Clay Masters

Clay Masters is a reporter for Iowa Public Radio and formerly for Harvest Public Media. His stories have appeared on NPR

Republican presidential candidate Ted Cruz is stepping up his game in Iowa.

The first term Texas senator has picked up influential endorsements there and is drawing bigger crowds.

At the stage of the race when many caucus-goers are still deciding who to support in the first in the nation presidential caucus, Cruz is making a big play for Iowa evangelical voters, who helped Mike Huckabee in 2008 and Rick Santorum in 2012 win the Iowa Republican caucuses.

For decades, many presidential candidates campaigning in Iowa have made sure to offer their loud support for ethanol — the fuel made from corn.

Ethanol is an important industry in Iowa. The state is the top producer of ethanol in the nation, accounting for 28 percent of national production, according to the U.S. Energy Information Administration.

But this election cycle, ethanol is not the campaign force it once was.

Take the contrast between George W. Bush's 2000 presidential campaign and the current campaign of his brother, Jeb Bush.

The state's largest water utility is suing county boards for polluting rivers the city uses for drinking water. At the heart of the fight is whether or not farmers should be forced to comply with federal water quality standards.

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A little over a year ago, singer-songwriter Jason Molina died at 39 due to complications from alcohol addiction.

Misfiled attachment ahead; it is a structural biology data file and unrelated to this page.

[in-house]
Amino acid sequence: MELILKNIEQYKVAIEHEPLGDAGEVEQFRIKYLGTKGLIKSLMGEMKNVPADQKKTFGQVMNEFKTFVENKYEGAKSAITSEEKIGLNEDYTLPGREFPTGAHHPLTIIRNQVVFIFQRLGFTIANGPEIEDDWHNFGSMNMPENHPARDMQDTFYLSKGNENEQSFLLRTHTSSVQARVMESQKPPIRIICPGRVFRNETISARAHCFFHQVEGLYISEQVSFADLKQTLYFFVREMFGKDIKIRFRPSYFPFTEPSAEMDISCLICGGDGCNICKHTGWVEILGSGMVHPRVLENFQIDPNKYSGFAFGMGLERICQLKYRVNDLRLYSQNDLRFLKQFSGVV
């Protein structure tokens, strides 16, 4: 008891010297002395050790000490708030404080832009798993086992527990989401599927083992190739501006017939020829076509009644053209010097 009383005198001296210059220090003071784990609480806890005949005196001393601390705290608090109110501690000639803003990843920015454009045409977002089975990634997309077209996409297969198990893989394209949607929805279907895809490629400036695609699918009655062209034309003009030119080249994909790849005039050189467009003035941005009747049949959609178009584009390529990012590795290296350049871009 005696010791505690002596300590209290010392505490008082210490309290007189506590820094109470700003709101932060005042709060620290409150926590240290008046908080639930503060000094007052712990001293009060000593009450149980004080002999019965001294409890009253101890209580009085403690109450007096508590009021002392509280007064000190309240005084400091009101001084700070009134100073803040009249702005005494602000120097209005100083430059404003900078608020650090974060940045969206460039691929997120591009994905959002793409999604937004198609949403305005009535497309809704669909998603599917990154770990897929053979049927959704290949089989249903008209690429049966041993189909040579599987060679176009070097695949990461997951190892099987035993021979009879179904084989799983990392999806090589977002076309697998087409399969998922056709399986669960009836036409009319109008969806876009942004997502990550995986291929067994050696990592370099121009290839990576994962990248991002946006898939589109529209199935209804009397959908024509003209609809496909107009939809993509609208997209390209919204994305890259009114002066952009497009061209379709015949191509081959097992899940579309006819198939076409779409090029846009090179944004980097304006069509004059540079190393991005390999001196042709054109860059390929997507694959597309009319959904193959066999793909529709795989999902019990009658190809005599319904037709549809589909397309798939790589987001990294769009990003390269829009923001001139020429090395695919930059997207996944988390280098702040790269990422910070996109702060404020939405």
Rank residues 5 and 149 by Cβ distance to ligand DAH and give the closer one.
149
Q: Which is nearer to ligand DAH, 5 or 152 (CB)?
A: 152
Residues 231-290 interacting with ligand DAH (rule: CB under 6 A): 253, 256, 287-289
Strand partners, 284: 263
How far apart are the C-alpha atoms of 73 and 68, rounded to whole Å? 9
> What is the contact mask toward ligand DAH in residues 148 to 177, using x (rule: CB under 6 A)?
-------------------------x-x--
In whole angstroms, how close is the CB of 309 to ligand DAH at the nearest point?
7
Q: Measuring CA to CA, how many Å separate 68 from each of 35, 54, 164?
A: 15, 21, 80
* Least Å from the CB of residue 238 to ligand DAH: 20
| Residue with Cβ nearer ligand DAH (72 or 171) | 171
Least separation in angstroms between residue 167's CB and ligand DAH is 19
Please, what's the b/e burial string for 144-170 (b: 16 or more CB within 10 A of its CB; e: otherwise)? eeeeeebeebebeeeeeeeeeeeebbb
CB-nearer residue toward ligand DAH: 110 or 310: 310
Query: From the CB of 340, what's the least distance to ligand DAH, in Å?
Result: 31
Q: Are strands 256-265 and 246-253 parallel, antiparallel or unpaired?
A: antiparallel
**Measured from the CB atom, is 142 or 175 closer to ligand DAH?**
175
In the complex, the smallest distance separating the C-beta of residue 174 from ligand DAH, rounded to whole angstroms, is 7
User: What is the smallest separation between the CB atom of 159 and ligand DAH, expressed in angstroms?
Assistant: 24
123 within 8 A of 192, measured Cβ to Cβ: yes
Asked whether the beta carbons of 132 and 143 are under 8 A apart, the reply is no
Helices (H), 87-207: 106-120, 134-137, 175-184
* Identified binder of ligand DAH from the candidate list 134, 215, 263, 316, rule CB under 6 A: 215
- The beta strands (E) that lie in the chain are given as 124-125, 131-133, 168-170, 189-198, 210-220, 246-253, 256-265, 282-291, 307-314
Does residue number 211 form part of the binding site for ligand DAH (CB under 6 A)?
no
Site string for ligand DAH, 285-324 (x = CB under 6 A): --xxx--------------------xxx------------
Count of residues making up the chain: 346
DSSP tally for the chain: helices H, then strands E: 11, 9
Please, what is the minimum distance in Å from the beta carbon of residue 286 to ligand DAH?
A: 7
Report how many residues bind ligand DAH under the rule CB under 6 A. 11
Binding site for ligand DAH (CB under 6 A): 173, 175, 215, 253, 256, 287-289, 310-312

Guitarist and songwriter David Dondero is a transient. He's lived all over the country, from Alaska to Texas. When he's not touring, he finds work — most recently as a carpenter in California. But it never lasts. Music always finds its way back into his life.

At the Central Iowa Shelter and Services in Des Moines, Iowa, health insurance navigator Andrea Pearce stood in a crowded dining hall on a recent day, shouting instructions on how residents can sign up for Medicaid.

"If you do not have insurance and you want to enroll and you have an e-mail address where you know the password," she said, "come to the computer lab we will guide you through the application."

Iowa City librarian Jason Paulios pulls out his smartphone, enters his library-card number and begins downloading an album by local metal band Blizzard at Sea.

"So it's extracting now," he says, eyes on the screen. "It's at about 90 percent."

The download takes about five minutes to complete. Paulios says it's a great way to check out local music: You could be waiting for a concert to start, download an album by the band you're about to see and then listen to it on the way home.

William Tyler takes the stage at the Trumpet Blossom Café, a vegan restaurant and bar in Iowa City. Surrounded by effects pedals for his guitar, he wears jeans and black cowboy boots, and his fingernails are about an inch long.

Big Harp guitarist and lead singer Chris Senseney pulls his minivan into a gas station off Interstate 80 near the small town of Walnut, Iowa. His wife, and the band's bassist, Stefanie Drootin-Senseney jostles through children's books and toys scattered on the floor. Their kids do what kids do on long car trips: sing.

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